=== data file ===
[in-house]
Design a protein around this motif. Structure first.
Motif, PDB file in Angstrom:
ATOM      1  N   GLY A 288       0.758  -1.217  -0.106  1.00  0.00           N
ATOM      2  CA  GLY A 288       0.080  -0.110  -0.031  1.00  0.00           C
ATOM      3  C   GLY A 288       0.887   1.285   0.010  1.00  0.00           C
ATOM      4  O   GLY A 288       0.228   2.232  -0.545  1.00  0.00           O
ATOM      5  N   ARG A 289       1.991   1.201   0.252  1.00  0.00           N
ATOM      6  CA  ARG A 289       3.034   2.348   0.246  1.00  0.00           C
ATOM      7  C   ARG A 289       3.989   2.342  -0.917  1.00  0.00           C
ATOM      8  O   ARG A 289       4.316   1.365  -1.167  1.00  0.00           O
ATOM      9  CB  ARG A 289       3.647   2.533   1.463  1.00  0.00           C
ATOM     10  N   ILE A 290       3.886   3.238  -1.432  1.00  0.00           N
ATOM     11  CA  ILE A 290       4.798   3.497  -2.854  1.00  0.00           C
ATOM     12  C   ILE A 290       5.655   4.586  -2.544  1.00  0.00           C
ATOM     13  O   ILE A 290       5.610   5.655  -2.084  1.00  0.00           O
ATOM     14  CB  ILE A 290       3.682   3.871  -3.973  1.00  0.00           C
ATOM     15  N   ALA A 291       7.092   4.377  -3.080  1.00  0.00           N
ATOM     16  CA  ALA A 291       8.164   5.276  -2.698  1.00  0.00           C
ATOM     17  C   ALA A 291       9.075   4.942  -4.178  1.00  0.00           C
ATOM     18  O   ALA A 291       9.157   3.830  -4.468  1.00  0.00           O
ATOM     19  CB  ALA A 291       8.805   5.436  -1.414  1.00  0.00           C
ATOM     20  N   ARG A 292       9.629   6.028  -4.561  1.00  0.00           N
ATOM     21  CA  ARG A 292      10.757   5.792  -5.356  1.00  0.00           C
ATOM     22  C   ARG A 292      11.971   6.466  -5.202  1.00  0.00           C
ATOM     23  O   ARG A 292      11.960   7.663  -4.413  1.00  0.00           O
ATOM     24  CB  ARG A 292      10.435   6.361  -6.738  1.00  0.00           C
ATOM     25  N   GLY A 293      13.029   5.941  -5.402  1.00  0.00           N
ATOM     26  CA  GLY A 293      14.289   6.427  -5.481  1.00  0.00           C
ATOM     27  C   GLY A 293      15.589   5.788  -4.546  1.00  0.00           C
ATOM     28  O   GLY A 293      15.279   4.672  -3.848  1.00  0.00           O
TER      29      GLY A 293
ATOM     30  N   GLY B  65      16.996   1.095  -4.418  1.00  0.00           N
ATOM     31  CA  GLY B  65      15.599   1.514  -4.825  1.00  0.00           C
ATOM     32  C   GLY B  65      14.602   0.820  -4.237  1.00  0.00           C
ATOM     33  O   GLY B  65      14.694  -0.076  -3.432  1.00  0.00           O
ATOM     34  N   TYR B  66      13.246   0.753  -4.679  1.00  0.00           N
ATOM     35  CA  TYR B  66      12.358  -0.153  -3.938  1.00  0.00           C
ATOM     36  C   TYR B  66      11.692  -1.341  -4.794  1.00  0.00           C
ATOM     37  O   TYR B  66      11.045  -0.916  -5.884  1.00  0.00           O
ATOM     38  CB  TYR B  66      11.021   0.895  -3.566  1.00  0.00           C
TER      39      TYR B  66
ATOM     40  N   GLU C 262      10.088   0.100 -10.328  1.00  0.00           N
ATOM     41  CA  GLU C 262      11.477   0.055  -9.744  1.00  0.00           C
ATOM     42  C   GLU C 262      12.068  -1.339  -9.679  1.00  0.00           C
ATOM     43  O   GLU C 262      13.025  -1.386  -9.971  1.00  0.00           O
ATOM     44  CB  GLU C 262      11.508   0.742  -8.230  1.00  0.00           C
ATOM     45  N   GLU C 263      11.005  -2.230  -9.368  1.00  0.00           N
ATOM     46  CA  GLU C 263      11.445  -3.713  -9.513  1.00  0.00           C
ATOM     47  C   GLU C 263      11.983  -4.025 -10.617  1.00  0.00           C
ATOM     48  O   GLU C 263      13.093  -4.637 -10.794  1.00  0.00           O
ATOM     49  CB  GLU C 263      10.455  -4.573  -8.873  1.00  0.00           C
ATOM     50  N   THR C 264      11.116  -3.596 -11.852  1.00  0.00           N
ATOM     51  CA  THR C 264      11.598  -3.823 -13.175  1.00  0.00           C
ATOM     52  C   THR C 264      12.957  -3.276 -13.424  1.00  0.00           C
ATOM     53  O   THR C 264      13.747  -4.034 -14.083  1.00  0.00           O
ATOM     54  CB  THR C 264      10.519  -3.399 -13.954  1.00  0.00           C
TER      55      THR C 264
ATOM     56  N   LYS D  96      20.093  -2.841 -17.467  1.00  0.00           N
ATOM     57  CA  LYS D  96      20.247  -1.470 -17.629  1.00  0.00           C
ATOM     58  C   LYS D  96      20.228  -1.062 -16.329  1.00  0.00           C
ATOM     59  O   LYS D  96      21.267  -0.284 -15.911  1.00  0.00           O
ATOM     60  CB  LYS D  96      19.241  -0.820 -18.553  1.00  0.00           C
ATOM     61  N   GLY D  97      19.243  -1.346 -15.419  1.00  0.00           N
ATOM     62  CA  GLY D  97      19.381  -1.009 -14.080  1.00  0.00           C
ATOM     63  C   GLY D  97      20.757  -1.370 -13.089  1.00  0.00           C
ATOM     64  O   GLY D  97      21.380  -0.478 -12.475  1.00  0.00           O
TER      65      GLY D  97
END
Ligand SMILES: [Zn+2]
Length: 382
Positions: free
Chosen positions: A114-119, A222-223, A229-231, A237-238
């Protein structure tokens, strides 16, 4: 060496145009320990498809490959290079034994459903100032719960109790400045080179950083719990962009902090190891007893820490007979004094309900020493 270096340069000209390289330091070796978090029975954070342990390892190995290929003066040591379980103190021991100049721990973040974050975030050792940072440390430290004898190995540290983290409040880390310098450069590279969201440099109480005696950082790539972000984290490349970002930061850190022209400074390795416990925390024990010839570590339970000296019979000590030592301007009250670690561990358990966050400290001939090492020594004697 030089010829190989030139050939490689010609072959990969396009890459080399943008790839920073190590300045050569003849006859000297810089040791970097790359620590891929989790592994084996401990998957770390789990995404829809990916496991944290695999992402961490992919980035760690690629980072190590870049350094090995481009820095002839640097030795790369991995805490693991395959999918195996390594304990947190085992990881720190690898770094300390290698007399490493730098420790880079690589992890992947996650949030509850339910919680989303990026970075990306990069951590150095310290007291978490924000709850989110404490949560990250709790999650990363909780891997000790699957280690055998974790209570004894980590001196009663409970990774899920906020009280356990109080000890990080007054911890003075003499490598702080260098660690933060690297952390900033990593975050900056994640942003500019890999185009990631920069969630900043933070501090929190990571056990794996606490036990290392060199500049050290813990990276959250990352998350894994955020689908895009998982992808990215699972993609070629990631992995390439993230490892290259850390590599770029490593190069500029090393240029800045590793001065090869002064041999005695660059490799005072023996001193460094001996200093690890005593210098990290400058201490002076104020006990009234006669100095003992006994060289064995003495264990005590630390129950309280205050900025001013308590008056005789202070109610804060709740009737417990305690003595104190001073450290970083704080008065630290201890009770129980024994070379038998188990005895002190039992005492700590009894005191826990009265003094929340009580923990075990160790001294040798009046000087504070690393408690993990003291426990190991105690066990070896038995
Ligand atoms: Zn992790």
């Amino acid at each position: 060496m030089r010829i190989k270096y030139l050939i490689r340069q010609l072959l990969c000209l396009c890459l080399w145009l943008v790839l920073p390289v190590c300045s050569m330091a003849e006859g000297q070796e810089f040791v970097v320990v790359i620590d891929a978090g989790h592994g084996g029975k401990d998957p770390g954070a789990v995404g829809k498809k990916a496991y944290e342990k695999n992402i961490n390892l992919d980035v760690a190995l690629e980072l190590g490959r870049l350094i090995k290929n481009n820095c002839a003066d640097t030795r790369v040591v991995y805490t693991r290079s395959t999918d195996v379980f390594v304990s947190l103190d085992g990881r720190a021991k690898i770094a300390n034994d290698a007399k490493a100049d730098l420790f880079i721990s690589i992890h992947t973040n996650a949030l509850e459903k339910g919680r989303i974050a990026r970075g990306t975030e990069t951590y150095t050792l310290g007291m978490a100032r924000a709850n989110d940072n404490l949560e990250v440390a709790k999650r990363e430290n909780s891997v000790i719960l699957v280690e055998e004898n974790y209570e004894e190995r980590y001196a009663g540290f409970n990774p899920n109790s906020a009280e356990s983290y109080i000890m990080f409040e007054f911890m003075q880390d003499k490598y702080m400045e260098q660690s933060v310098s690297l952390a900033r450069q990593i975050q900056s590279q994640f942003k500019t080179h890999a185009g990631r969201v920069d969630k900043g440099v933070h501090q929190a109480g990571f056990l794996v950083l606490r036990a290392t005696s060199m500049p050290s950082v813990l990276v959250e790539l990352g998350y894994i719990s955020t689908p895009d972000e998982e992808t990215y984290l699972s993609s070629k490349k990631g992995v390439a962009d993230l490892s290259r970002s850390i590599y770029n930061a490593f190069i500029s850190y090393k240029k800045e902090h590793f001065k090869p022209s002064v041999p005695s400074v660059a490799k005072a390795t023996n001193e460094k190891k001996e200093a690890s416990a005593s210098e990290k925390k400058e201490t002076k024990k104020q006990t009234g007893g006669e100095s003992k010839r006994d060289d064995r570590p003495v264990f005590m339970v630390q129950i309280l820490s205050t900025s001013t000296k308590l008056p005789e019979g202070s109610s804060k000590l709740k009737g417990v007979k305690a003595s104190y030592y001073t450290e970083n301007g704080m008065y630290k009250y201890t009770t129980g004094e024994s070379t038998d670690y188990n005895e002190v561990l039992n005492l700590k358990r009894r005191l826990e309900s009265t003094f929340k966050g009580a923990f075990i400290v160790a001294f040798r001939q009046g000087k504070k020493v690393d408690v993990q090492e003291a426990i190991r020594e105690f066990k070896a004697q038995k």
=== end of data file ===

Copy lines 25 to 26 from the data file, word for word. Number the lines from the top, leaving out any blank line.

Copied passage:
ATOM     22  C   ARG A 292      11.971   6.466  -5.202  1.00  0.00           C
ATOM     23  O   ARG A 292      11.960   7.663  -4.413  1.00  0.00           O